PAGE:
Bill “The King” Linderman, know for his many contributions to rodeo, both as a contestant and an administrator. 


BillLinderman Devere bronc webAt Great Falls, Mont., native son Bill Linderman scores points on the bronc Speckled Boy. Photo by DeVere, from the WH “Rodeo Legends book. Use courtesy of the Dickinson Research Center, National Cowboy and Western Heritage Museum, Oklahoma City, Oklahoma.

Written January, 1966 

When the United jet airliner crashed at the Salt Lake City airport on the evening of November 11, rodeo lost one of its all-time greats. Bill Linderman, 45, knew rodeo from all sides- and he believed in it, contested in it, promoted for it, and lived it.

Bill Linderman, 1920 – 1965. Photo by James Cathey

Bill was born at Bridger, Mont., in April of 1920. This is a land that has a history of some mining and a lot of ranching. Bill was exposed to each as he grew up. Older brothers, John and Lup, were good hands with broncs; and, a younger brother, Bud, was winning some rodeo money, when Bill made his start in the rodeo arena in the early 1940s. After Bill decided to rodeo, he went to the top in a hurry. He won the bareback bronc riding championship of the world in 1943, and went on to set a record of money won by one man in a lifetime of rodeo – some $443,000. His last big win was the bulldogging at the 1965 Pendleton Roundup which earned him $1,976.

Of DeVere Helfrich’s photographs, this is one of his favorites. Bill Linderman spurs a bareback bronc. Photo by DeVere, courtesy of the Dickinson Research Center, National Cowboy and Western Heritage Museum, Oklahoma City, Oklahoma.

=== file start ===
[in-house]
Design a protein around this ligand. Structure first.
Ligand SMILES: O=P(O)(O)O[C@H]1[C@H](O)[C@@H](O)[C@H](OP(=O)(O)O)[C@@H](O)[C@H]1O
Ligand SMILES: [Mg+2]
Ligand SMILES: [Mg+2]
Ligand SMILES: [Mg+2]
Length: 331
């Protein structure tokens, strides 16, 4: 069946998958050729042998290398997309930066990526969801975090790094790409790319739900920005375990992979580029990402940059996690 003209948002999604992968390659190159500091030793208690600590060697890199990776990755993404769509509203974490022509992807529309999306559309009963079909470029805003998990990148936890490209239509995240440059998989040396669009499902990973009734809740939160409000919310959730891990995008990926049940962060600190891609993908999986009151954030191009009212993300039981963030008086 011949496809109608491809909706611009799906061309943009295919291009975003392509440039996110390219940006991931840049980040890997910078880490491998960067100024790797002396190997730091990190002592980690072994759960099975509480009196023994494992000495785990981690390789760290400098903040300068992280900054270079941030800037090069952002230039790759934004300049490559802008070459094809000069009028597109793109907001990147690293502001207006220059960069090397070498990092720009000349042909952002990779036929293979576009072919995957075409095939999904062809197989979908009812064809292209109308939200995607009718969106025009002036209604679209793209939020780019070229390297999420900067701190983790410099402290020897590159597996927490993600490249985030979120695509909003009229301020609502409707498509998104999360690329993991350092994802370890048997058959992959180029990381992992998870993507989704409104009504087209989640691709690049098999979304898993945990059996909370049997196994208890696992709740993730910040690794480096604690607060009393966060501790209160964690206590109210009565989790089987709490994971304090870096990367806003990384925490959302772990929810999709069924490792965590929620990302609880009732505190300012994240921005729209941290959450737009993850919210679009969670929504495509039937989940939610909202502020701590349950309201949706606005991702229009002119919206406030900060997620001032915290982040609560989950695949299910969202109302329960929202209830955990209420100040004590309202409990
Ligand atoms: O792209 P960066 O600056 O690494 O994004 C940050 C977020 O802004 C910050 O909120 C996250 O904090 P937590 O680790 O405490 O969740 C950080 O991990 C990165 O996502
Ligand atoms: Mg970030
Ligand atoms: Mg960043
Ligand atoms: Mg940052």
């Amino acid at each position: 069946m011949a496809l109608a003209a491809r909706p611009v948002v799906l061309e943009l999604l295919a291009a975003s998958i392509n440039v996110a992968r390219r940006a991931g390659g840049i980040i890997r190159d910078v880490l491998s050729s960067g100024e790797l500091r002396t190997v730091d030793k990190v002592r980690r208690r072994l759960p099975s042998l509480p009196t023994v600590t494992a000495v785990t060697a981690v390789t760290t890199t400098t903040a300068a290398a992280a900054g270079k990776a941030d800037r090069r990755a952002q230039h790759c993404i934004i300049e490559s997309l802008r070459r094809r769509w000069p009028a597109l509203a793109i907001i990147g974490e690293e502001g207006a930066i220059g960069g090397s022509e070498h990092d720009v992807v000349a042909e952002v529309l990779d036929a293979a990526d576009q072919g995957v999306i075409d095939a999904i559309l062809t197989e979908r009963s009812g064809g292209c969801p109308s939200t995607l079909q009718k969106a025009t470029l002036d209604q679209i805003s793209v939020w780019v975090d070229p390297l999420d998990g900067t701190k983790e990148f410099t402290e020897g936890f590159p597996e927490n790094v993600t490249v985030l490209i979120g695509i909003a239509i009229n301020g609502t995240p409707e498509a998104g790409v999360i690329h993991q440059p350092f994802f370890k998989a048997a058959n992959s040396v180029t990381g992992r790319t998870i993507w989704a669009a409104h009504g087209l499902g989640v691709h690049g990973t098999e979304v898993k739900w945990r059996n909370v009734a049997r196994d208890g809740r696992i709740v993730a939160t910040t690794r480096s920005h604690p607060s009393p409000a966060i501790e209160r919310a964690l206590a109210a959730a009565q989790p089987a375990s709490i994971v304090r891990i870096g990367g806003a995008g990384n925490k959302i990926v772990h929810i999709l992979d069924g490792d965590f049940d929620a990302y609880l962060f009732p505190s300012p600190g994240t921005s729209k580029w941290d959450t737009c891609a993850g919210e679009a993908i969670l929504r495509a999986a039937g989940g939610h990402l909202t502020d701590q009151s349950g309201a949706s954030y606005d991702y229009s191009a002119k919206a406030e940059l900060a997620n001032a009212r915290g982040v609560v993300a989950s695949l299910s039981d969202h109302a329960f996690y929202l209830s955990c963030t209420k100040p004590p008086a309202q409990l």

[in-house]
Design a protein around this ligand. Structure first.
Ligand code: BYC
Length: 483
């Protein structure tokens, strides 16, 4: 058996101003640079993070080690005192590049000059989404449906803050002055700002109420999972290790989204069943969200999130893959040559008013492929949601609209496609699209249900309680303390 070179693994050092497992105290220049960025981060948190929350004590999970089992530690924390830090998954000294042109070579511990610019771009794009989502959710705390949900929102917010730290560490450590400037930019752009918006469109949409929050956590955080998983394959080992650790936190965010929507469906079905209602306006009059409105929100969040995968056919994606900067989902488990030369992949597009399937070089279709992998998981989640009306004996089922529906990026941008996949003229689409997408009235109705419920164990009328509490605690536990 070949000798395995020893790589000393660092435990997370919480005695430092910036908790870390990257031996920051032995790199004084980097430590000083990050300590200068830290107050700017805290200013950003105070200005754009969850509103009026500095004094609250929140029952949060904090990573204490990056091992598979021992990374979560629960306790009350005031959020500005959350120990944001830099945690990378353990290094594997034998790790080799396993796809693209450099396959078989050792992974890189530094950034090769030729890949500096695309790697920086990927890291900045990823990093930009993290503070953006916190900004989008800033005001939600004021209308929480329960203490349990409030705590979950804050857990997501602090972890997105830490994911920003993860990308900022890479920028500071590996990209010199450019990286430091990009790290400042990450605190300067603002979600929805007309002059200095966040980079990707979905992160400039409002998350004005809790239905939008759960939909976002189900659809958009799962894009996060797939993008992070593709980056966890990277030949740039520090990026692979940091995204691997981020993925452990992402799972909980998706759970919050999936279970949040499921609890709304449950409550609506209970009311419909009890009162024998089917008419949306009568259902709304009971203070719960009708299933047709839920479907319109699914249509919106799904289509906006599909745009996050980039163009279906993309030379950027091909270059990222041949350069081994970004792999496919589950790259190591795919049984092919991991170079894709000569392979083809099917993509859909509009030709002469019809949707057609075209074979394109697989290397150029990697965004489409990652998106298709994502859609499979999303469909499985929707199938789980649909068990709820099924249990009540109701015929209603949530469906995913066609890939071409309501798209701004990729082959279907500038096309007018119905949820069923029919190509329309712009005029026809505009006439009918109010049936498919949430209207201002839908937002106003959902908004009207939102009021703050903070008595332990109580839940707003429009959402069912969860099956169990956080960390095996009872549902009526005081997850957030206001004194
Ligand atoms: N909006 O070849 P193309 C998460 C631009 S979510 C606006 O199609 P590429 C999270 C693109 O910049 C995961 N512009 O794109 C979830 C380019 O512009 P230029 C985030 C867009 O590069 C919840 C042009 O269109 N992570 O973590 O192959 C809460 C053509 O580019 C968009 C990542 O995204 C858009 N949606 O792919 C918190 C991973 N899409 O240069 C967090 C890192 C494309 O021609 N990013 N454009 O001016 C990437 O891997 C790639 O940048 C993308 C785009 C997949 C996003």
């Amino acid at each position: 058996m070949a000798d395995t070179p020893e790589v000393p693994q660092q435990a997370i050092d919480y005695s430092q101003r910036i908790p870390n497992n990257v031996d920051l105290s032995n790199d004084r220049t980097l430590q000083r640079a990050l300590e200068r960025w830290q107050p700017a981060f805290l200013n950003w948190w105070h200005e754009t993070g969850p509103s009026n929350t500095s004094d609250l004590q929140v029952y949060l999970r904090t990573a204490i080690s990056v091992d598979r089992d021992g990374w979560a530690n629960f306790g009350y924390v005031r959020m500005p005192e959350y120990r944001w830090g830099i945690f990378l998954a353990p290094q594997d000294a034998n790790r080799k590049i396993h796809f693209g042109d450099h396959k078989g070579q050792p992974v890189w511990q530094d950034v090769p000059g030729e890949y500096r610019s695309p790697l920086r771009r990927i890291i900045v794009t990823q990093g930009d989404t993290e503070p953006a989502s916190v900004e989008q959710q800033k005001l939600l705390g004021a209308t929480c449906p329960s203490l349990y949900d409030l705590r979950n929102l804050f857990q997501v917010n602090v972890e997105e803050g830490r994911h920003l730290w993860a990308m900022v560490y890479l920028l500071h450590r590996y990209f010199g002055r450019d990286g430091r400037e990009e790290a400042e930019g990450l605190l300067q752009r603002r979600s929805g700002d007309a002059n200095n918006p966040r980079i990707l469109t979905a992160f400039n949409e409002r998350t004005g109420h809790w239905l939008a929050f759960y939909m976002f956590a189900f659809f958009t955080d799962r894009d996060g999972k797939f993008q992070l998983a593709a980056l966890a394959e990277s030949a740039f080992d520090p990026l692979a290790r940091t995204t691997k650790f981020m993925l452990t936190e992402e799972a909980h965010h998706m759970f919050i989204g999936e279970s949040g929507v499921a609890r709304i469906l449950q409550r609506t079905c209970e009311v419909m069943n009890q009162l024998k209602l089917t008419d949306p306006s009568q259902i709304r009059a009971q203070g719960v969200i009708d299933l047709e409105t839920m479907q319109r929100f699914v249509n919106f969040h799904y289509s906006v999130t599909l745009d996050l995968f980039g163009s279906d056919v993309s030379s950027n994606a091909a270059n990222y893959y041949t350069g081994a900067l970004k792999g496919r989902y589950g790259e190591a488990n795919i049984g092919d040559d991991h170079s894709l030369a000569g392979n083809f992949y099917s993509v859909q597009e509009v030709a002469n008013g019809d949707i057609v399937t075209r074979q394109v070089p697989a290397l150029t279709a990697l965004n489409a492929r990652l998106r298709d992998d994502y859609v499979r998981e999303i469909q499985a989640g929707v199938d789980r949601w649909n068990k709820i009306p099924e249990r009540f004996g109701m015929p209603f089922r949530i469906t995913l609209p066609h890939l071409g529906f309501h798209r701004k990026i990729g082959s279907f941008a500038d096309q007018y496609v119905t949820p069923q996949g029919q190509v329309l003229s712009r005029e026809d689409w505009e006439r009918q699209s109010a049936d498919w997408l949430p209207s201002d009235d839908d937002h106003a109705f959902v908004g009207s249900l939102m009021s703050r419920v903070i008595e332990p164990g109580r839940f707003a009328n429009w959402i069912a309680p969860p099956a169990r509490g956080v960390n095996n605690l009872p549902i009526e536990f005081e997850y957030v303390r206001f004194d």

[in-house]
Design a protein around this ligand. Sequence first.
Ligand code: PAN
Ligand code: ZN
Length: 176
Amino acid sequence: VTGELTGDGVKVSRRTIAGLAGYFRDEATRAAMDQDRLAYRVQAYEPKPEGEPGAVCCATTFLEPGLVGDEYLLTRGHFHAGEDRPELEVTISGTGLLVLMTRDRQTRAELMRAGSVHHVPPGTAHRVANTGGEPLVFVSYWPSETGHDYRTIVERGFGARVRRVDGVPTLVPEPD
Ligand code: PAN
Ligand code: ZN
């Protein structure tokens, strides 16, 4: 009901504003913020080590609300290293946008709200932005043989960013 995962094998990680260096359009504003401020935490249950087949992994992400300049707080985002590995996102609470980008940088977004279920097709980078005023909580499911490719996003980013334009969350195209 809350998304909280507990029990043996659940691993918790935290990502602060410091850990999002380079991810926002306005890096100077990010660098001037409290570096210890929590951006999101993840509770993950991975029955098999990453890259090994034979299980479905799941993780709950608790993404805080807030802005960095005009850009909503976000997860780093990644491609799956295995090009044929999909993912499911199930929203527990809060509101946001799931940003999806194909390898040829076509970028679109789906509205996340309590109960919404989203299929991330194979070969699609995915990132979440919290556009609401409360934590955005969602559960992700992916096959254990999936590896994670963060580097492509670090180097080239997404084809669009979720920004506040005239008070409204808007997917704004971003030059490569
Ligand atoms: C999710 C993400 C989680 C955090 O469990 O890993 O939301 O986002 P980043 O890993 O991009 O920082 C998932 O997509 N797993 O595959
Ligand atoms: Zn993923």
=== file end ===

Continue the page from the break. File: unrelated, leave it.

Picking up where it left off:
Bill was a master at bulldogging. Here, he stops a steer at Salinas. Photo by DeVere, courtesy of the Dickinson Research Center, National Cowboy and Western Heritage Museum, Oklahoma City, Oklahoma.

While making his mark in rodeo, Bill gathered in other world championships in addition to the bareback title. He was the all-around champion in 1950 and 1953, won saddle bronc titles in 1945 and 1950, and was the bulldogging champion for 1950. Bill served as president of the Rodeo Cowboys Association from 1951 through 1957, and then took over as secretary-treasurer of the organization in 1962.

Bill Linderman was known for his try – he didn’t do anything half way. When he decided to make his living in the arena, he gave it all he had. This determination came through when he became active in the business affairs of the R.C.A. – he tried his best to improve rodeo for the cowboys and for the rodeo sponsors. At the time of his death, he was on his way to Spokane, Wash., to meet with rodeo committees.

A man must be dead before he is enshrined in the Rodeo Hall of Fame. It’s a shame that Bill Linderman now qualifies – no one has done more for the growth of professional rodeo.

An excerpt from Western Horseman‘s “Rodeo Legends” book:

Bill Linderman is remembered no tonly as an inductee into both the Cowboy Hall of Fame in Oklahoma City and the ProRodeo Hall of Fame in Colorado Springs, but in the Professional Rodeo Cowboys Association’s annual Linderman Award. The trophy is awarded to the cowboy who wins at least $1,000 in each of three (or more) events, including a rough-stock and a timed event. It is considered among the toughest rodeo awards to win and the mark of rodeo’s best true all-around hand.  

Career Milestones, from WH‘s Rodeo Legends book.

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